DR. MARIAN YL WONG

 

SENIOR LECTURER

My research interests lie in the behavioural ecology and conservation behaviour of social fishes. My lab uses social fishes from both marine and freshwater environments as model species to test key hypotheses related to the evolution of conflict, cooperation, group-living and mating systems. The techniques we use range from observational and experimental approaches in the field to physiological assessments of underlying proximate mechanisms in the laboratory. We are also interested in understanding the impacts of abiotic stressors on the behaviour of social fishes and how this impacts higher levels of their social organisation. Therefore, my lab draws on a wide variety of techniques to address both pure and applied questions in behavioural ecology. I welcome any enquiries from prospective undergraduates, postgraduates, post-docs and collaborators who may be interested in these lines of research.

1998-2002
BA Zoology
University of Cambridge
U.K.
2003-2007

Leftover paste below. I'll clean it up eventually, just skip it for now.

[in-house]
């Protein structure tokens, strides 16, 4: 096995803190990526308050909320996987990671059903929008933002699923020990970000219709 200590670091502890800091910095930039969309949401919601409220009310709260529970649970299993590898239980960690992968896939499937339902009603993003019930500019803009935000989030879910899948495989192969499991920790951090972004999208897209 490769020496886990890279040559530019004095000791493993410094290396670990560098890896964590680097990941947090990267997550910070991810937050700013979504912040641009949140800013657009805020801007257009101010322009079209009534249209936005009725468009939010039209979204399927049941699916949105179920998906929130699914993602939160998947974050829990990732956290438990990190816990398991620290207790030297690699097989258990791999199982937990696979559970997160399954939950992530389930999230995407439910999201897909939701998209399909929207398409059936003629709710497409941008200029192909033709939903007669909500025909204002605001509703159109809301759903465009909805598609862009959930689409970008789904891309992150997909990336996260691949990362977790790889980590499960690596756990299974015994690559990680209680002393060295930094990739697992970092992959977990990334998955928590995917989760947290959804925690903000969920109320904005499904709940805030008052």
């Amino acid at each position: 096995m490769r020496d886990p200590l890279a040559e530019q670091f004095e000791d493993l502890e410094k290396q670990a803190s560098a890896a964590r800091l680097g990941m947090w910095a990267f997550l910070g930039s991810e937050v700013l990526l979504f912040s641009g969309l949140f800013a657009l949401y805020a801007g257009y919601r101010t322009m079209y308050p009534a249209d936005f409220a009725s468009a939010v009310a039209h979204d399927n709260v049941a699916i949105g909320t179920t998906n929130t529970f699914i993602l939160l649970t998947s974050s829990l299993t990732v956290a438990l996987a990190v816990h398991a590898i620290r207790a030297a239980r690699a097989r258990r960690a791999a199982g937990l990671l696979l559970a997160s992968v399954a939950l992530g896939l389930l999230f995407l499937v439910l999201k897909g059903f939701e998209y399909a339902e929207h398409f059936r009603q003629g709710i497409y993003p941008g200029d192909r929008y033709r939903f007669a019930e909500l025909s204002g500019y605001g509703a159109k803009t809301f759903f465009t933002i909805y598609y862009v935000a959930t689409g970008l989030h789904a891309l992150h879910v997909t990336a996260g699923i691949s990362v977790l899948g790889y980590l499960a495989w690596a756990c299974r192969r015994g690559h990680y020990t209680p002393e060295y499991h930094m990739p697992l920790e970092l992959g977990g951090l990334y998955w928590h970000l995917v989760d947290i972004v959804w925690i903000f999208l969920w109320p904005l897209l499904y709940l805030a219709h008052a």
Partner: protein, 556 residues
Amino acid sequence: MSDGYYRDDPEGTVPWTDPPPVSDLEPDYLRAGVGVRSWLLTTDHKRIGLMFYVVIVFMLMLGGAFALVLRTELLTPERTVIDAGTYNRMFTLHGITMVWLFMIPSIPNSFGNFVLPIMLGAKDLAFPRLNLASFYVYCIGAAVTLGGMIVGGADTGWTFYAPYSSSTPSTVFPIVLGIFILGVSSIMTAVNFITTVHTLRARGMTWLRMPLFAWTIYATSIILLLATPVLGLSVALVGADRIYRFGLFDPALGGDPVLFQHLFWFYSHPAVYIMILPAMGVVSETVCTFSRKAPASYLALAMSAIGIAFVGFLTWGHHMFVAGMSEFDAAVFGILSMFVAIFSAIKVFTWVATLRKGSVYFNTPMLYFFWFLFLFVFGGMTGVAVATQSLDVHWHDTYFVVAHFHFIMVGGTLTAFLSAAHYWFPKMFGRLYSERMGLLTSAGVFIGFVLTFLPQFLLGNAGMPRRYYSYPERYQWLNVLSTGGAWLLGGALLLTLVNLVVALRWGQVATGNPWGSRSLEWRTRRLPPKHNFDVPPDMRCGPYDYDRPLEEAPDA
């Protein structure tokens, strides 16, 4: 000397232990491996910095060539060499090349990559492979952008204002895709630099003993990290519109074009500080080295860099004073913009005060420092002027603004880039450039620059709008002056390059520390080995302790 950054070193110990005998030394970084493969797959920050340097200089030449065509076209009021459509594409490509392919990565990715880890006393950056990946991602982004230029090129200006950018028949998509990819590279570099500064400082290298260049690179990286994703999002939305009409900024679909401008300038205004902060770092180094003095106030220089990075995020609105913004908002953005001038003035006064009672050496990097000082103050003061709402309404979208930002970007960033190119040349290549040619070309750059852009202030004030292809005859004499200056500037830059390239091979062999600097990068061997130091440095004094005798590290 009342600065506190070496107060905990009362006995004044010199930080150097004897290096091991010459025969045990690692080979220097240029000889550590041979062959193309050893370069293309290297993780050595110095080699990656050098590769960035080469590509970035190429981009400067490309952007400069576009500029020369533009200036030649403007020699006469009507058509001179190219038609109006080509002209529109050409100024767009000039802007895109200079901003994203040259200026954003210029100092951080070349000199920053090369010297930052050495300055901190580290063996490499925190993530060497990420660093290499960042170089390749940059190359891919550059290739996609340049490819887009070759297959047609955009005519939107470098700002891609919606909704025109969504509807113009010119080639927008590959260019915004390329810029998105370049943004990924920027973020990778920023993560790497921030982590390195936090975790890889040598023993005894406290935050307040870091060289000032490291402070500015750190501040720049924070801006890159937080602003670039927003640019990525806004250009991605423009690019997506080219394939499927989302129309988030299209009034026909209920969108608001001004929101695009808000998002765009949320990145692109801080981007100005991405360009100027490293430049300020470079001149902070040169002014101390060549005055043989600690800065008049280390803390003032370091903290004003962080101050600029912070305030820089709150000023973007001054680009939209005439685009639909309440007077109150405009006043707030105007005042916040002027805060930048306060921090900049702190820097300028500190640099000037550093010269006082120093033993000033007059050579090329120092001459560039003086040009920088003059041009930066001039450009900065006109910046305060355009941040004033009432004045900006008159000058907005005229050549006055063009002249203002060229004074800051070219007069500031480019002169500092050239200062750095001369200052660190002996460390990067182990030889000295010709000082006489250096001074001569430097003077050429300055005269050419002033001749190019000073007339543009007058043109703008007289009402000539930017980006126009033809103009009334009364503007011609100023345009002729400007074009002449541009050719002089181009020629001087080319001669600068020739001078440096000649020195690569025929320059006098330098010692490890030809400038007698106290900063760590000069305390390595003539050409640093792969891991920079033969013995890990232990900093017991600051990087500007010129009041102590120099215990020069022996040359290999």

PhD Marine Biology
James Cook University
Australia
2008-2011
Postdoctoral fellowship
McMaster University
Canada
2011-2012
Postdoctoral fellowship
Boston University
U.S.A

EDUCATION

LATEST RESEARCH

LATEST RESEARCH

Using the humbug damselfish (Dascyllus aruanus), a common reef fish found at Lizard Island (Qld), we are currently testing theories of social evolution using social network theory to quantify direct and indirect behavioural interactions. This investigation forms the PhD research of Rebecca Branconi, in collaboration with Dr. Peter Buston (Boston University, USA) and Dr. Daniel Stouffer (University of Canterbury, NZ).

Using the humbug damselfish (Dascyllus aruanus), a common reef fish found at Lizard Island (Qld), we are currently testing theories of social evolution using social network theory to quantify direct and indirect behavioural interactions. This investigation forms the PhD research of Rebecca Branconi, in collaboration with Dr. Peter Buston (Boston University, USA) and Dr. Daniel Stouffer (University of Canterbury, NZ).

Using rockpool fishes, including the blenny (Lepidoblennius haplodactylus) and goby (Bathygobius cocosensis), we are investigating the behavioural mechanisms that underlie species coexistence and community structure along the rocky shore across the Illawarra region. This investigation currently forms the honours projects of 3 UOW students - Pearl Ible, Paul Gordon and Dan Colella

RECENT MEDIA RELEASES